You pull into a gas station and are presented with three options: regular, mid-grade, or premium —all gasoline of course, as true fuel choice isn’t currently a reality in America. But have you ever wondered what those three numbers — 87, 89, and 93 or some similar variation — on the pump itself mean?
Sure, maybe you’ve heard that those numbers represent the rating of this thing called octane. But unless you know what octane is, and what it does, that answer is about as useful as telling someone unfamiliar with the stock market that the Dow is up three points.
The short answer is that octane is the measure of how much compression a fuel can withstand before igniting. Or, in layman’s terms, the higher the octane rating, the less likely the fuel is going to pre-ignite (read: explode unexpectedly) at higher pressures and damage your engine. That’s why performance cars with higher compression engines require higher octane (premium) fuel. In essence, higher octane fuels are compatible with higher compression engines that can increase efficiency and performance while potentially reducing emissions by combusting the fuel more completely.
That’s the short answer. The long answer is a bit more complicated, and requires some understanding of how, exactly, our cars turn the liquid fuels in our tanks into the energy that propels them down our roads. So put your learning caps on folks, class is officially in session.
In the image to left, we have an animation of what powers the vast majority of internal combustion engines (ICEs) on the road, known as the four-stroke cycle. During Step 1, the right tube (known as the intake valve) opens up while the piston simultaneously moves down. This brings a mixture of air and fuel (represented by blue) into the cylinder. Then in Step 2, the piston moves back up, compressing the air and fuel, increasing the temperature and pressure in the cylinder. Step 3 begins after the air/fuel mixture is ignited by the car’s spark plug. It’s this step that creates the energy that actually powers the car, with the force generated by the exploding air/fuel mixture pushing the piston back down, turning the car’s crankshaft, and ultimately propelling the car into motion. This is followed by Step 4, where the piston moves back up and pushes what’s left of the combusted air/fuel (known as exhaust and represented by brown) out of the left tube, or exhaust port. Then the cycle starts all over again.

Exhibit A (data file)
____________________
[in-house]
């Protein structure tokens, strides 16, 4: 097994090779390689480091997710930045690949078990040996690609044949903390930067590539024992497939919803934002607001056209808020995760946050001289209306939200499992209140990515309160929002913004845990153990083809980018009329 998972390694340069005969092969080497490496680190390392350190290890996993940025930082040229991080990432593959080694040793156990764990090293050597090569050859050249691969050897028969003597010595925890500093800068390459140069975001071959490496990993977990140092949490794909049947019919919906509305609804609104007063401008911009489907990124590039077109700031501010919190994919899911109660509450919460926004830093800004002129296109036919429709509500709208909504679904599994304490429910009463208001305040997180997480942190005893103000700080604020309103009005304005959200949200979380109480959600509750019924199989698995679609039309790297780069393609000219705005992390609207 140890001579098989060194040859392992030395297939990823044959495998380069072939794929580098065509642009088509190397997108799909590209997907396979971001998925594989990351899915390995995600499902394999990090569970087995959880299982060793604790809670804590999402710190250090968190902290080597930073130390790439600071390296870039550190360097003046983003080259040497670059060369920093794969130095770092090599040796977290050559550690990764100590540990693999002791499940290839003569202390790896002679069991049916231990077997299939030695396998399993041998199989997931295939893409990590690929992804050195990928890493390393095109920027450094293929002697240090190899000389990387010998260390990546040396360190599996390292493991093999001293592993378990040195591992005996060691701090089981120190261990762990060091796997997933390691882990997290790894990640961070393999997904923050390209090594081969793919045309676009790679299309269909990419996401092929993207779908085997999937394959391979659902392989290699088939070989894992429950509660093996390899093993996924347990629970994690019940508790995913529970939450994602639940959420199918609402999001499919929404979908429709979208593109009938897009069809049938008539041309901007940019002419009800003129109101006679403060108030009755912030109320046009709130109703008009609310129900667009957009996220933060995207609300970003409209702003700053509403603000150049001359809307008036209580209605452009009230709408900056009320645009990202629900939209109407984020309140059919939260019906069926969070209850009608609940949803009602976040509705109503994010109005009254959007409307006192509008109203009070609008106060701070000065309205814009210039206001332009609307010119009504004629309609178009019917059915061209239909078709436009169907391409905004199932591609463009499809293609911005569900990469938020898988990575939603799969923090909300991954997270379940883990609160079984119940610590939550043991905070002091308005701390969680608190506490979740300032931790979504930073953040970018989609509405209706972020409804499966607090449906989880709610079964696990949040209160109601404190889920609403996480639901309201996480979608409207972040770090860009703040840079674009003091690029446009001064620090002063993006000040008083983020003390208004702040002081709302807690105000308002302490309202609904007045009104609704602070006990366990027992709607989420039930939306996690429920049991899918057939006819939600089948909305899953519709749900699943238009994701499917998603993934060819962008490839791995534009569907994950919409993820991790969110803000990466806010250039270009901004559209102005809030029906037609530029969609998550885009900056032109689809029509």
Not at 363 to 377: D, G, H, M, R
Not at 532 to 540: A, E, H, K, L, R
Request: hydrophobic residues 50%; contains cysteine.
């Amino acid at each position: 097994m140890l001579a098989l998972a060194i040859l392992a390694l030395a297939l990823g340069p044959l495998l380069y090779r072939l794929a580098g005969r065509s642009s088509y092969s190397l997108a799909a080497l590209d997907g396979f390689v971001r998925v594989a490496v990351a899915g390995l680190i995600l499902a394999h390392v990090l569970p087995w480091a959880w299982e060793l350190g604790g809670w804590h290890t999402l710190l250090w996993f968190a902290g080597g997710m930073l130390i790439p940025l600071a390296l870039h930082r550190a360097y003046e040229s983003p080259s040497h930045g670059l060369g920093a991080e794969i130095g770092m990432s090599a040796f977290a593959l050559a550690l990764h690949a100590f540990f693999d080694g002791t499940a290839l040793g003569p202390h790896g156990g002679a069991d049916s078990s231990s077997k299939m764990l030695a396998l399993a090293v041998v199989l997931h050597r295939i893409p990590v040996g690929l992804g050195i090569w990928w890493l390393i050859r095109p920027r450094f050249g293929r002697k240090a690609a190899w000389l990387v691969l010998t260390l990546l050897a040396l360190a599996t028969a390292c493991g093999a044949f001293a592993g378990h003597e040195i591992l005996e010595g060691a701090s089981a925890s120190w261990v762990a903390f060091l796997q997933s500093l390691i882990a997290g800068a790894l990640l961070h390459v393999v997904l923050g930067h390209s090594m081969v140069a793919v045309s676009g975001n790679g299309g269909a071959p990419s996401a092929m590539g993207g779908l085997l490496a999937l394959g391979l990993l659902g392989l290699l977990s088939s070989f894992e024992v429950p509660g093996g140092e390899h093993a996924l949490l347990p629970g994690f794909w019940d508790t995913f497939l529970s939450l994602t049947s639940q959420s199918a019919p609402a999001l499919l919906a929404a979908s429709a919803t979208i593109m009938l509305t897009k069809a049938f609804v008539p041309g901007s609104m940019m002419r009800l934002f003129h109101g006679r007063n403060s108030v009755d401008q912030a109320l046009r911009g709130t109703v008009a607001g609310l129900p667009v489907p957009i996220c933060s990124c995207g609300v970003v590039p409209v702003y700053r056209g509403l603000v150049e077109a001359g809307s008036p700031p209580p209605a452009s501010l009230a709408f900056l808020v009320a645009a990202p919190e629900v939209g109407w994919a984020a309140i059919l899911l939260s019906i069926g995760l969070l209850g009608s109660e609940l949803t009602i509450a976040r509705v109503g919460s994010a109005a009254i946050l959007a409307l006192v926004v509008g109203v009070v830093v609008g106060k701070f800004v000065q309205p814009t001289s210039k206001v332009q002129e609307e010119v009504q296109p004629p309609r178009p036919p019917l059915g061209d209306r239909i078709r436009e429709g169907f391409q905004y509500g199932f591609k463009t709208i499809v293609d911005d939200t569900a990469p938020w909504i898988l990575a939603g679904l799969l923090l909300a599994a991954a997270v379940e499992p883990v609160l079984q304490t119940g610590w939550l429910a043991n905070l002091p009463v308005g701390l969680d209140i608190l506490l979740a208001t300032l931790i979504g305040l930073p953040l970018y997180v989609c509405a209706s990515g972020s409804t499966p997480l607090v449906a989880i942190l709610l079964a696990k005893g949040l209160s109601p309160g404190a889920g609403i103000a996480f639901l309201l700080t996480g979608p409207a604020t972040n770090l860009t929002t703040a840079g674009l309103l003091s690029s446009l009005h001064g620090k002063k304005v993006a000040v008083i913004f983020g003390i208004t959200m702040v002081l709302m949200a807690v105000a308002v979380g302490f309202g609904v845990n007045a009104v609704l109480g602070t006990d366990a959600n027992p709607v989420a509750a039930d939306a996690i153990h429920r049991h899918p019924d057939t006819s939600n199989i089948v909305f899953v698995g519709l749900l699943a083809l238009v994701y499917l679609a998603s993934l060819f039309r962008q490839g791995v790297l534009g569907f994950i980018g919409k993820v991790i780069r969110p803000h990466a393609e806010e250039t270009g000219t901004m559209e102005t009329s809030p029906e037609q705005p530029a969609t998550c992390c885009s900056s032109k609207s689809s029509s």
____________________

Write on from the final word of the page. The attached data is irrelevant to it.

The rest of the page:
So what does this have to do with octane? Everything, actually. As mentioned above, the higher the octane rating, the more the fuel can withstand greater pressures without pre-igniting. This allows for a variety of options that can increase power and efficiency while adding the ability to decrease emissions as well. These options include increasing the compression ratio, changing the timing of spark ignition, injecting less fuel into the cylinder, and more. Additionally, engines designed to work with higher octane also burn the fuel more completely — meaning less harmful emissions in exhaust. One MIT study even estimated that if higher octane fuels and engines designed for them became more widespread, the U.S. could cut our annual CO2 emissions by 35 million tons.
With that knowledge in hand, we can now come back to those numbers — 87, 89, and 93. 87 is the standard octane rating that most car engines are designed for. Or put another way, an octane rating of 87 or higher can withstand the compression ratios used in most cars. Anything lower and you risk engine damaging pre-ignition or knocking — processes that occur when the compression ratio generates more pressure and heat than the fuel can handle, causing it to combust early and push down against the piston while it is still moving upward in Step 2. And since 87 is the standard octane rating for the fuel most engines use today, the 89 and 93 octane rated fuels are only different because they can handle more heat and pressure before igniting on their own. This, in turn, means they can run in performance engines designed to use higher compression ratios. It also means that while higher octane fuels won’t hurt engines designed to run on 87 octane fuel, they won’t provide a benefit either.
And there you have it. Octane is simply a measure of how much heat and pressure a fuel can withstand before exploding, and — in tandem with a properly designed engine — a higher octane fuel can increase performance and efficiency while decreasing emissions.